The Harrison College of Business is committed to preparing students for successful careers in business. By developing internship opportunities with businesses and other organizations throughout Missouri, in other states and internationally, the Harrison College of Business connects the classroom experience with the practical knowledge of work. This ensures that business students are ready for their first professional position and better prepared to move into responsible leadership roles when opportunities for advancement arise. Given the increasingly global dimension of business, the college welcomes internships with an international perspective.
Each of the departments and majors in the Harrison College of Business provides opportunities for students to participate in internship assignments or major practica that bring the students into contact with the practice of business or economics. The experiences gained through an internship or practicum in large part explain student successes in finding placement with national and international firms. For example, recent internships placed students at such well-known companies as Anheuser Busch Companies, Lee Rowan, Rotterdam Topsport (Holland), The Boeing Company, Maritz Performance Group, Walt Disney World and Northwestern Mutual Financial Network. Students have also interned at not-for-profit organizations such as the Southeast Missouri Regional Planning and Economic Development Commission, the United Way and Big Brothers Big Sisters.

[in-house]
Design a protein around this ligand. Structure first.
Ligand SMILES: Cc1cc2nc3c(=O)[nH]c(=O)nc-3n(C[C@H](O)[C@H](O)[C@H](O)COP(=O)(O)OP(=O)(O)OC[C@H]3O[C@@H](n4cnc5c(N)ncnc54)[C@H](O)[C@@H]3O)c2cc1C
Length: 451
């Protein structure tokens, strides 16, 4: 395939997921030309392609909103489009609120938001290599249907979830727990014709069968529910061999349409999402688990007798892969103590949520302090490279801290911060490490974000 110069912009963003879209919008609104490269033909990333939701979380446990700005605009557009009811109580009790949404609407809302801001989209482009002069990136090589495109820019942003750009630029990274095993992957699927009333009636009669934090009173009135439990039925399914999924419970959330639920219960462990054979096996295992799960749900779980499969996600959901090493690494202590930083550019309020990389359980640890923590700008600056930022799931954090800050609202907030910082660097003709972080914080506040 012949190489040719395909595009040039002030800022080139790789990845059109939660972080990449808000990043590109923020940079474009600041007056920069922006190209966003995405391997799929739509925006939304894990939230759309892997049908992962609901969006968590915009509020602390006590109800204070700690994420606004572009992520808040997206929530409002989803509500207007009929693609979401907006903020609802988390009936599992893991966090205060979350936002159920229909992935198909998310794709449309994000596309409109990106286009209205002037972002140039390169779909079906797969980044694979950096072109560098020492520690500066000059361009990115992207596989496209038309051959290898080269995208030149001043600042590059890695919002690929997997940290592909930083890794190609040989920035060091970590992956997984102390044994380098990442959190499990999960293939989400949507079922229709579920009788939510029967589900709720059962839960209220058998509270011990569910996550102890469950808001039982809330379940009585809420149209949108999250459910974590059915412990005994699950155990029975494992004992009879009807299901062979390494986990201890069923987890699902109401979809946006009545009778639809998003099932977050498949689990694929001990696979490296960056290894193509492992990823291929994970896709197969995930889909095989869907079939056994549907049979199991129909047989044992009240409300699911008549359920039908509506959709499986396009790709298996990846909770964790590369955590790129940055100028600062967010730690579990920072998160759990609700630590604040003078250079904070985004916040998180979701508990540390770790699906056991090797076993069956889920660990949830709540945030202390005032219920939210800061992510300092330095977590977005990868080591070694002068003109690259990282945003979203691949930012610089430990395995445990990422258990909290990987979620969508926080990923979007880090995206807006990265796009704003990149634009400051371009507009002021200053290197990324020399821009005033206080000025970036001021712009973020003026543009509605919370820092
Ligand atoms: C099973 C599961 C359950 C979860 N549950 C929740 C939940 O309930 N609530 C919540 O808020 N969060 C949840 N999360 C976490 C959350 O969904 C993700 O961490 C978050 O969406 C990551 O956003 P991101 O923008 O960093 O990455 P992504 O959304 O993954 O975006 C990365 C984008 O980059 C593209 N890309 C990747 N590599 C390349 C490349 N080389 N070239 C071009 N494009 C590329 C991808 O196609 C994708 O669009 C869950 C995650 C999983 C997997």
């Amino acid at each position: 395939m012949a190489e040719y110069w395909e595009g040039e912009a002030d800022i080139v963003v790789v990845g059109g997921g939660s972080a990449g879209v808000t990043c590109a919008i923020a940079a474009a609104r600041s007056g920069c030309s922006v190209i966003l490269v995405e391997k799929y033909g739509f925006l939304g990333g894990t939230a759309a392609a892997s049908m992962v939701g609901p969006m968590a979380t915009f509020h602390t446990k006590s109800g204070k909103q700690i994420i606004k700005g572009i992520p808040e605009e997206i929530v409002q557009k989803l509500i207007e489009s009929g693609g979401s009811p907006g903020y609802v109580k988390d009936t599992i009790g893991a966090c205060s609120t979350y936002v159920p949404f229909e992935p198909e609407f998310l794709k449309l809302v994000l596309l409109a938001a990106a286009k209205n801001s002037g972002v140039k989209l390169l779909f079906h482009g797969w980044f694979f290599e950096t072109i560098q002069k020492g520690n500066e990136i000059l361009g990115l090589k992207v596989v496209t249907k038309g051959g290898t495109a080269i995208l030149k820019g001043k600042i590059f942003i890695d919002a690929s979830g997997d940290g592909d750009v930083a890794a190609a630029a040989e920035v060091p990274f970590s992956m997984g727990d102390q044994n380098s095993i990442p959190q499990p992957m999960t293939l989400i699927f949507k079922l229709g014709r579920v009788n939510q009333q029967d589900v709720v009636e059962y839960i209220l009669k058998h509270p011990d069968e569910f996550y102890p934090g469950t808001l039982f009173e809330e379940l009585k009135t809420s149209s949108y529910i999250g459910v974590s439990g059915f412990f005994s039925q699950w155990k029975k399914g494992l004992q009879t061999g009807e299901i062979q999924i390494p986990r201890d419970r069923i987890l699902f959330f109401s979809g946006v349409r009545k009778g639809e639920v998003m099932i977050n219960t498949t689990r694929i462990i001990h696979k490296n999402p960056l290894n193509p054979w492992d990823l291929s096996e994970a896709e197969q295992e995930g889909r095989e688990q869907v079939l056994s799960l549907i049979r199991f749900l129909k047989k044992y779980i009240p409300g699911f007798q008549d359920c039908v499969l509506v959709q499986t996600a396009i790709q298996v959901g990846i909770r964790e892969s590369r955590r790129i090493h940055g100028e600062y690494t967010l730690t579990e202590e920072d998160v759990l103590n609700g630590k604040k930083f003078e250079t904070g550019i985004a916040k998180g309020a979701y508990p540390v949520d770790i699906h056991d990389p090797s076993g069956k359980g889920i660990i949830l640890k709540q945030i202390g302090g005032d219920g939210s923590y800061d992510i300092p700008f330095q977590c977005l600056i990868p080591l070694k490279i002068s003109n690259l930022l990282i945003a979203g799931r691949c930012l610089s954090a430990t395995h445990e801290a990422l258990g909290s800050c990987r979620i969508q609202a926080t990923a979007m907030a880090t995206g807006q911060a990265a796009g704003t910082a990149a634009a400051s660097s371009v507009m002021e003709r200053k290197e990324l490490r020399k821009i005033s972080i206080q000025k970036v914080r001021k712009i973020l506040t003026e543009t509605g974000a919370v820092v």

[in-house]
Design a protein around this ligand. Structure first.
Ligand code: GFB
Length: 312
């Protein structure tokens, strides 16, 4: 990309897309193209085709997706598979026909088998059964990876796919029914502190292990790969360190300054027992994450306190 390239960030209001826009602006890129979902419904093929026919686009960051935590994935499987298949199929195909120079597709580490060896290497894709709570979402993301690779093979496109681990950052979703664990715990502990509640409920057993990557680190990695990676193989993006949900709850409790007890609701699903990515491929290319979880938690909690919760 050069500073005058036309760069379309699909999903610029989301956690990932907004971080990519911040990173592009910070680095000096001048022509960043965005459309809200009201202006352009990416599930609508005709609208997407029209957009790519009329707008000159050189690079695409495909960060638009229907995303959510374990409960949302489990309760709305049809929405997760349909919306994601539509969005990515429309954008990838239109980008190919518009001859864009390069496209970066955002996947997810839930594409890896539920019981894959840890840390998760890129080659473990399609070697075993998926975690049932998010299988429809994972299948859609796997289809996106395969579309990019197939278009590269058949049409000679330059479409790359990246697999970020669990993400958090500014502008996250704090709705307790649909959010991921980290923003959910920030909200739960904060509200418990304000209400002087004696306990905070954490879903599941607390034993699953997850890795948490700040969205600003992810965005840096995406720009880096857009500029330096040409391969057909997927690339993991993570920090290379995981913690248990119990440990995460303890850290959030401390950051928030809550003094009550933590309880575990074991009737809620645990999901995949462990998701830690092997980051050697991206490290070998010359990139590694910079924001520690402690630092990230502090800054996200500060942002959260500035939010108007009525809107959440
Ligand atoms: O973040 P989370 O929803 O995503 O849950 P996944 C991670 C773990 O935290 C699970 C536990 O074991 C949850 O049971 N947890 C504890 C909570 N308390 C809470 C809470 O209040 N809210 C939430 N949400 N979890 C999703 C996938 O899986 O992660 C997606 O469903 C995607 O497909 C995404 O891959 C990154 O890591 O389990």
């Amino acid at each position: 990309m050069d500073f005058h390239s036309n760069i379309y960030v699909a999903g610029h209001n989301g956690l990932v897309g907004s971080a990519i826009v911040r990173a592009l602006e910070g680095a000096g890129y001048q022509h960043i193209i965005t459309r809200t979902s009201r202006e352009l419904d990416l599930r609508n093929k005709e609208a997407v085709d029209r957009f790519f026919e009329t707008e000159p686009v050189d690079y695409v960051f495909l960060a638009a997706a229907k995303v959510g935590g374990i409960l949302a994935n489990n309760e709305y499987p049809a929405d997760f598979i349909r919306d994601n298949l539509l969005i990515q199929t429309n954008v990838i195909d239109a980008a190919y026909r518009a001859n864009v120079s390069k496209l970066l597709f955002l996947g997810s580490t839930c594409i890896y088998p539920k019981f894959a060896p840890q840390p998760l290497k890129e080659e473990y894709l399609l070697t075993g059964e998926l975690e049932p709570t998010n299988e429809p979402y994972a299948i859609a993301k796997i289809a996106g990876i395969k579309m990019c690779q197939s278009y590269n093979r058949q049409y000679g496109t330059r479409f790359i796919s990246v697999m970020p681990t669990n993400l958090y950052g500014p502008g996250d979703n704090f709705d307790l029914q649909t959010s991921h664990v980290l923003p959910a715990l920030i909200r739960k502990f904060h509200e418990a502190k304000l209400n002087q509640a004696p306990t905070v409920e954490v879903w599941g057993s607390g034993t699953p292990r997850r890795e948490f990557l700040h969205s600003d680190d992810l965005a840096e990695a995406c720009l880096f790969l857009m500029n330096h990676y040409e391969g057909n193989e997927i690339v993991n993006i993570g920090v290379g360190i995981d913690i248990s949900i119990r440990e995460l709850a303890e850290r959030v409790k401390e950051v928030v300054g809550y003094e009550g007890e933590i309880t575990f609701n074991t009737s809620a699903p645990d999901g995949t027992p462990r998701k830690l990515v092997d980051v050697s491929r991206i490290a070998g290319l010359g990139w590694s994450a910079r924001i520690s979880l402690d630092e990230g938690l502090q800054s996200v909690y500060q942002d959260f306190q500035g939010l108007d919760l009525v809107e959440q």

Harrison business students also gain practical experience through live-cases that integrate actual business questions into the classroom. A live-case is equivalent to a consulting project completed by an individual student or a team of students. Teams of Harrison business students have completed projects for regional businesses involving the measurement of customer and employee satisfaction, the development of integrated marketing communication plans, the analysis of radio listening habits, the development of inventory management systems, the improvement of teller balancing and accuracy in bank operations, and the implementation of usage score cards in pizza stores. Economics students have completed studies measuring the economic impact of the University, the costs of school non-completion, the economic impact of recreational development, the effects of tourism on local government spending, and the determinants of retail trade in Missouri. Economics students have also published research on the determinants of NFL postseason success, the potential causes of increases in income inequality, the seasonality in international trade flows, and the factors influencing the use of different energy resources.
Sponsors of these internships and practica evaluate students highly on their communication, teamwork, leadership, and problem-solving skills, their foundation knowledge in the various areas of business and in their overall preparation for being productive members of a growing organization. Over 95 percent of our internship sponsors indicate they would consider hiring an individual from the Harrison College of Business.